Clive Wratten:

It's going to fix things; it's going to play sport. It's, it's lots of things. So, there's, you know, it's not, you can't replace all of that because it's not a meeting. As we're chatting over a, a video call today, you know, physically it has to happen. So, we need to make sure that business travellers both, you know, tends to be priced, but also gets to return on the investment.

 

Ryan Haynes:

It's fascinating. I mean, I've been speaking to a number of hoteliers and, you know, the, the, the price rates, as you say for hotels have been going up and up and up, and a lot of that's been down to inflation, you know, costs, staffing, a lot of issues in there whilst obviously trying to grab what they possibly can from the market while the market's willing to pay for it as we go into 2024. You know, it's interesting your observations there and you know that those costs, and as you mentioned, it's the increasing costs that are affecting businesses. What are some of the other key challenges, perhaps business travel and Corporates need to be aware of within the travel industry that, that, that you feel could really impact sort of the way business travel can be, you know, effective and, and, and that could be disrupted anymore?

 

Clive Wratten:

Yeah, well I think the, the big one that we see as the issue we're all grappling with is distribution. Now, you know, it is referred to you a mar modern airline retailing and, and not another three-letter acronym, but that applies right across, you know, the product set within business travel. And indeed, in leisure is companies, airlines, hoteliers, trying to win business direct, which has an impact on many of the things we're talking about. not least TMCs, but duty of care reporting, carbon reporting, the whole trip management piece. And I think the, the move of the airlines and you know, I will say NDC, you know, 15 years in and it still hasn't achieved something. And this year we are seeing it in the conversations we are having with our travel management members, but also with their customers that it is a huge sense of frustration.

 

Clive Wratten:

Something that is going to run and run through 2024 and a source of much frustration, but also a source of much opportunity if the whole industry could actually finally sit down and say, how does this work for everybody in the supply chain instead of trying to look after number one all the time. And, and you know, it's quite sad in some ways that during the pandemic everybody worked together because we had a common interest, survival. Now we come out, it's about scrambling back to the top and I think hopefully we can learn from that. And around distribution is, is a recognition that there is a supply chain, it works and the most important person it works for is the end customer and we need to get our stuff together. I was going to say another word then get our stuff together to, to make it work.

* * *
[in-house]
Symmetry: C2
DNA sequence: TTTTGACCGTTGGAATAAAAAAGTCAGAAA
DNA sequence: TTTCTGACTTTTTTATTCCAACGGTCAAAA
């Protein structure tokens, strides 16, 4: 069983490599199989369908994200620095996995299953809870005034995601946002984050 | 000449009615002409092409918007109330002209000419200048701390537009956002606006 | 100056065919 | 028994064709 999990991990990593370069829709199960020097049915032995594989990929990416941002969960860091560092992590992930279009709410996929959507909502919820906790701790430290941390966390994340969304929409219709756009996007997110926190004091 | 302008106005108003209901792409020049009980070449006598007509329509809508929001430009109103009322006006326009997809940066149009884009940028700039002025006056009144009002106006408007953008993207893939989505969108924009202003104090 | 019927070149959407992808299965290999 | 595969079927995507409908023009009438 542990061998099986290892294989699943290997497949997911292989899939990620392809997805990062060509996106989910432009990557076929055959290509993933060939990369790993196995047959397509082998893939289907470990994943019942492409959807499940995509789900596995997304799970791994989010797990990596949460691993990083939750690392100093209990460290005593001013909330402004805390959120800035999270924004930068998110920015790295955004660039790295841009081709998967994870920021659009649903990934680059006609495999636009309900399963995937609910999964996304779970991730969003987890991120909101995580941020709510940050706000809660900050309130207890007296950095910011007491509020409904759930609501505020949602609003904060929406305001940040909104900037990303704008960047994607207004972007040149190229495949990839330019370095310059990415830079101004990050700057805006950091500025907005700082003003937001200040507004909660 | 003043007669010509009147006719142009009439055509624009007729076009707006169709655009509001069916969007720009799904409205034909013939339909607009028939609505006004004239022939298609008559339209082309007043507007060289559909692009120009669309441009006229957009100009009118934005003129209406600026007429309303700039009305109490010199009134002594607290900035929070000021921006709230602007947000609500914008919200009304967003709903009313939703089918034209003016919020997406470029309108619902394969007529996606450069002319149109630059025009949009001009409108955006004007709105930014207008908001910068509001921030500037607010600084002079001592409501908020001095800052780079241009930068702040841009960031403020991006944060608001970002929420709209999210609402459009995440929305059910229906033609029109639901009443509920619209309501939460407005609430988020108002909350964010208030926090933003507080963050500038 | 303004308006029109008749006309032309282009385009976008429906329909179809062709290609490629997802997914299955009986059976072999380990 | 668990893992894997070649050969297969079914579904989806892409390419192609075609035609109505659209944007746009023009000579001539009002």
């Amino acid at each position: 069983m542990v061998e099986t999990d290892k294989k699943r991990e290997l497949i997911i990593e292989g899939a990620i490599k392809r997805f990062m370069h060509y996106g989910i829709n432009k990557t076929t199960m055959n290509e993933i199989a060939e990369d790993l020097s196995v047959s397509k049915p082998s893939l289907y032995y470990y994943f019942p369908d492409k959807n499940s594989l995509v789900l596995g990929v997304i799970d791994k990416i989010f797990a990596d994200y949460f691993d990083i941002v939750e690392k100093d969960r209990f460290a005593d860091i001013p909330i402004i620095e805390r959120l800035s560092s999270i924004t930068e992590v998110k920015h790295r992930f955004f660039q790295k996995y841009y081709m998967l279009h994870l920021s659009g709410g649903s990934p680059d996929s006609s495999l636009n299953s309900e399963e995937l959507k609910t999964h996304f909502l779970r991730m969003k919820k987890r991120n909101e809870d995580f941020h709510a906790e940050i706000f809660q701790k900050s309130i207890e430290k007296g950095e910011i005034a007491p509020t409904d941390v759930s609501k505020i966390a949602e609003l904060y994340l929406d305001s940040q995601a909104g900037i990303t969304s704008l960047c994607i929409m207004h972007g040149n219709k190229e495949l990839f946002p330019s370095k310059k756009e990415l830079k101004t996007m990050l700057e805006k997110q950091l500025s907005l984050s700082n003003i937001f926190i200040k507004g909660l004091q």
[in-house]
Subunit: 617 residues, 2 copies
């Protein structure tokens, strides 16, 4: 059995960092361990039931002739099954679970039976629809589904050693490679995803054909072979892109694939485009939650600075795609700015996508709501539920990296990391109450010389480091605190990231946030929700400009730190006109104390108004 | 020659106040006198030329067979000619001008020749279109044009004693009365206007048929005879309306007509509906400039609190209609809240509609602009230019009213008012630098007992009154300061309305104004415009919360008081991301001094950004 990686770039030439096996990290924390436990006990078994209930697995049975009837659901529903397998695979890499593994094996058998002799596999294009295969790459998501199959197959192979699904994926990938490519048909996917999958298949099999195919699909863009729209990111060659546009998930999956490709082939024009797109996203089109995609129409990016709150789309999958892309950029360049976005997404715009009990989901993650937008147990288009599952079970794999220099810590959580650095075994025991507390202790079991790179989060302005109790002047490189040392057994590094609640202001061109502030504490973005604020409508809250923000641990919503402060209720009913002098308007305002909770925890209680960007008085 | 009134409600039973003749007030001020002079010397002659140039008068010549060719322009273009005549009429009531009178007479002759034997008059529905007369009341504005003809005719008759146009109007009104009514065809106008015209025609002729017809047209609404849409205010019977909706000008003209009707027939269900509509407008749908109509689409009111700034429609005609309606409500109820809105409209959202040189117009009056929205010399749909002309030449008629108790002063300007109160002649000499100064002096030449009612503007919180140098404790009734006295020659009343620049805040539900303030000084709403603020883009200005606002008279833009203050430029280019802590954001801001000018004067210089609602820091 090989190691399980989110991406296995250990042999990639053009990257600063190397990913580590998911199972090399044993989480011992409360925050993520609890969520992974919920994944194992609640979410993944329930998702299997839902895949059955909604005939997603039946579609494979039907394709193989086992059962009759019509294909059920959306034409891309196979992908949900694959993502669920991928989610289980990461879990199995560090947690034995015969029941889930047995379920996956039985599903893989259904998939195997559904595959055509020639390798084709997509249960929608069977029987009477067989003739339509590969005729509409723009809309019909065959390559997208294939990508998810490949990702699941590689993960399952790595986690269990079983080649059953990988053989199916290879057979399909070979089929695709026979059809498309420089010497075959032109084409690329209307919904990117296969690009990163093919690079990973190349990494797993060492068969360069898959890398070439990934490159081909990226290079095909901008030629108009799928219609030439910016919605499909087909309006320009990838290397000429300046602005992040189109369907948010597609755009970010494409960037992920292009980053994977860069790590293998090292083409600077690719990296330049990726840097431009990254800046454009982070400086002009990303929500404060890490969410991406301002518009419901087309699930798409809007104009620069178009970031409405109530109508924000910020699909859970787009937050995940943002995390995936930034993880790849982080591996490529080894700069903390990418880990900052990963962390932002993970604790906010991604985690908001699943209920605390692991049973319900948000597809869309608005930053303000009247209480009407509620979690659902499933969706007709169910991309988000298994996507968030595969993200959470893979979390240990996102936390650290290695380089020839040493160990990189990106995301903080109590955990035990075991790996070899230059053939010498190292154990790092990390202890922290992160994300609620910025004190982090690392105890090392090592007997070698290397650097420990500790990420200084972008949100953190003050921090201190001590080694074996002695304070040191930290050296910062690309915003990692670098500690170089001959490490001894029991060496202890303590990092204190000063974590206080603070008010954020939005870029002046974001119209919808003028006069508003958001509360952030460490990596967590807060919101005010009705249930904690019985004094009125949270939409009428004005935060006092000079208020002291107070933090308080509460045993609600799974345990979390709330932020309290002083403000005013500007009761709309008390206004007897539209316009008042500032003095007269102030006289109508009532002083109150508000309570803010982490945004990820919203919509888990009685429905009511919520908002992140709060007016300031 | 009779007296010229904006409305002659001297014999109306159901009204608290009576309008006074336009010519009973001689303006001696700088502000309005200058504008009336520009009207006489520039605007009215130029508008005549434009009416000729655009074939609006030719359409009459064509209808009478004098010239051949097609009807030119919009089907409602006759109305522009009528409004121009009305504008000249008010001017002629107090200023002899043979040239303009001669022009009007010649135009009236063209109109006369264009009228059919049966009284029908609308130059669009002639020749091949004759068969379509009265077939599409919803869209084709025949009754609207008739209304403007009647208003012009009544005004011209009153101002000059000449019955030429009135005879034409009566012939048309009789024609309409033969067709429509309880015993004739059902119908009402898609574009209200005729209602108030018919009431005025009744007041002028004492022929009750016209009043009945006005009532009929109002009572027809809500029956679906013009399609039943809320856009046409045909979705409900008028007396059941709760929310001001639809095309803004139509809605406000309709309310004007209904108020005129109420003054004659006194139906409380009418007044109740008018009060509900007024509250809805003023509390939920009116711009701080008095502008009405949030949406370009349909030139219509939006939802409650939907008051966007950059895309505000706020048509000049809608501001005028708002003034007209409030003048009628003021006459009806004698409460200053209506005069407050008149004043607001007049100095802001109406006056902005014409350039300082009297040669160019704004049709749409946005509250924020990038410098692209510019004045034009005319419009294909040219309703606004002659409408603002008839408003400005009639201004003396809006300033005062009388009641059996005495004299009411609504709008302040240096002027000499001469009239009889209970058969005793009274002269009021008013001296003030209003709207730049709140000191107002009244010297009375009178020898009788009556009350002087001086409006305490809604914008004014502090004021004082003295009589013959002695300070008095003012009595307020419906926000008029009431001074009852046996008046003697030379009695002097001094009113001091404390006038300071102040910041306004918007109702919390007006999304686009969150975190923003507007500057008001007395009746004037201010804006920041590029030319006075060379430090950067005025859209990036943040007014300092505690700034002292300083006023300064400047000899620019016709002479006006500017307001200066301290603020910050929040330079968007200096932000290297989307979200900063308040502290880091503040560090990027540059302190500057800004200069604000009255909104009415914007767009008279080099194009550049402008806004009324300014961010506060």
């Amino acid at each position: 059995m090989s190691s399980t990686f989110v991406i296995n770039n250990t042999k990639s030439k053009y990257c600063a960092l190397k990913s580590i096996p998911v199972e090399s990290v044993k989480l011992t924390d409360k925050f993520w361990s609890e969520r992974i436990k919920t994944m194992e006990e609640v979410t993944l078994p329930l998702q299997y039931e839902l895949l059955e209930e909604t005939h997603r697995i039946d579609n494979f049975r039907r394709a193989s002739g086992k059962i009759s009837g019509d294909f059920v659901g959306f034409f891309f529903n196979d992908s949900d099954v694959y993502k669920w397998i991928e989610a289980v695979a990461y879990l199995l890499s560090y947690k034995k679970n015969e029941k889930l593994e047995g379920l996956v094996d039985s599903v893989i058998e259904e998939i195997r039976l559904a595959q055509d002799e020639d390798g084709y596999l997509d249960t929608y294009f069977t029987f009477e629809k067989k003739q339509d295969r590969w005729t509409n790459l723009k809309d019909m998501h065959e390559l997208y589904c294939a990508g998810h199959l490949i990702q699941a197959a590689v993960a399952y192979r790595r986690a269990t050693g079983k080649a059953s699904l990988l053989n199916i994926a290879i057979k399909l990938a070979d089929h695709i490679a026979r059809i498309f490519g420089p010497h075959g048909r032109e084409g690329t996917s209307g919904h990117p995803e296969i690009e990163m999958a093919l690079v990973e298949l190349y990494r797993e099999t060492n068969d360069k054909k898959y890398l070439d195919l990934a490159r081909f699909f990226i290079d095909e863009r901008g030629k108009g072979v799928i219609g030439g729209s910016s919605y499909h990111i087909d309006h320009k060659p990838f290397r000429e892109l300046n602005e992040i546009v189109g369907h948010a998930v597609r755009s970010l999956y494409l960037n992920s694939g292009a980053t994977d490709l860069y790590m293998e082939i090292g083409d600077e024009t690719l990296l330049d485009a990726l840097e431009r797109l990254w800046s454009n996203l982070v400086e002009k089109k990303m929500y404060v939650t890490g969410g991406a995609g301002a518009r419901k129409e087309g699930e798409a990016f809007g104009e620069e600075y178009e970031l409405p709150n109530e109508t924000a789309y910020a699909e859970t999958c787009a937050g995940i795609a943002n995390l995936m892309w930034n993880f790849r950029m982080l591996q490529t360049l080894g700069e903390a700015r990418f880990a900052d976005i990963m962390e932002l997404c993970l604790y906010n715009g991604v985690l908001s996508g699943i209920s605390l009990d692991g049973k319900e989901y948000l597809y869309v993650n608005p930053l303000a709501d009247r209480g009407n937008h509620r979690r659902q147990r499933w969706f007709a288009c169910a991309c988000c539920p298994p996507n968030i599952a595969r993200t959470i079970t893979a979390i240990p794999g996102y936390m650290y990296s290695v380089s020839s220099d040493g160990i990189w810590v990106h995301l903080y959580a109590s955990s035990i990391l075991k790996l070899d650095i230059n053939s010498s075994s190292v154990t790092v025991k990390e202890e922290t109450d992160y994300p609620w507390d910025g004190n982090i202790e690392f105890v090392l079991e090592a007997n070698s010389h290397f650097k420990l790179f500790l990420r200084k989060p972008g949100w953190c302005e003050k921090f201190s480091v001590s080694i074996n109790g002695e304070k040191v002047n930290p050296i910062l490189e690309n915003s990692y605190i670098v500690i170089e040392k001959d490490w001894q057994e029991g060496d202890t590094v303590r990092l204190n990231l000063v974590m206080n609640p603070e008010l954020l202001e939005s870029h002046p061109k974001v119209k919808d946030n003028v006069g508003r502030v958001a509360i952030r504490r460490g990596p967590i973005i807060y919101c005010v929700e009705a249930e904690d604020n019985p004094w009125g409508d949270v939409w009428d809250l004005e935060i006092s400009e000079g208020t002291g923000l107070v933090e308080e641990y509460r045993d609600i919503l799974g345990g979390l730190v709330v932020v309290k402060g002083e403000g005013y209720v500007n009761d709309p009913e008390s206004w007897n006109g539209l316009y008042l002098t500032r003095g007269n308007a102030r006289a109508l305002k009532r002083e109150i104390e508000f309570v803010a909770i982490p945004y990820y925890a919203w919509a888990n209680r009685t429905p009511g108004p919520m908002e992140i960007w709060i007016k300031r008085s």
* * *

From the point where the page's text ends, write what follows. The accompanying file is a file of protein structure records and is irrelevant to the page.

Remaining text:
Ryan Haynes:

Yeah, I mean there's been a lot of new developments, not a new technology, a lot of different direction in way that the industry as a whole, the infrastructure has, has adapted, evolved over the last few years. The direction of Digitalisation. Do you think there's been a lack of, of that real sort of community focus within the industry to actually tackle some of these bigger architectural, I guess ways of having, you know, looking after the industry in a way that's actually going to be profitable and, and, and allow us to scale for the future? I mean, as you mentioned, it's this idea of distribution. You know, are people having enough conversations on these very foundations of the industry?

 

Clive Wratten:

I think it happens quite widely in pockets between various parts of the supply chain supply and a lot of progress has been made and there's a lot of opportunity and Digitalisation is good and everybody sees that. I, I think where the issue is, is, is the real end to end is it's rare and it's something, you know, I take responsibility for at the BTA is trying to bring that whole chain together to have that discussion right the way through rather than, you know, the left hand not talking to the right-hand kind of scenario that we've seen. So, I think it's really critically important because I've always described it that the industry, and I'm talking about business travel here purely of course, but the industry's been in Civil War for 15 years, really. And you know, the people that we are fighting over don't really care.

 

Clive Wratten:

They don't want the war, they just want us to, to set peace and make it work for them. And I think we need to really push that forward and we will continue to do that this year of saying, come on, we need to, to make this work. I think it's a big ask if I'm honest, but if we can get it in pockets, then hopefully naturally it spreads and the whole system becomes a lot easier to move forward because we all need to be profitable clearly, and we all need to be able to invest and improve in the future. And that only comes if the whole chain works together in a really cohesive way and we need to improve that. So, I think it's happening, but it a whole lot more could happen.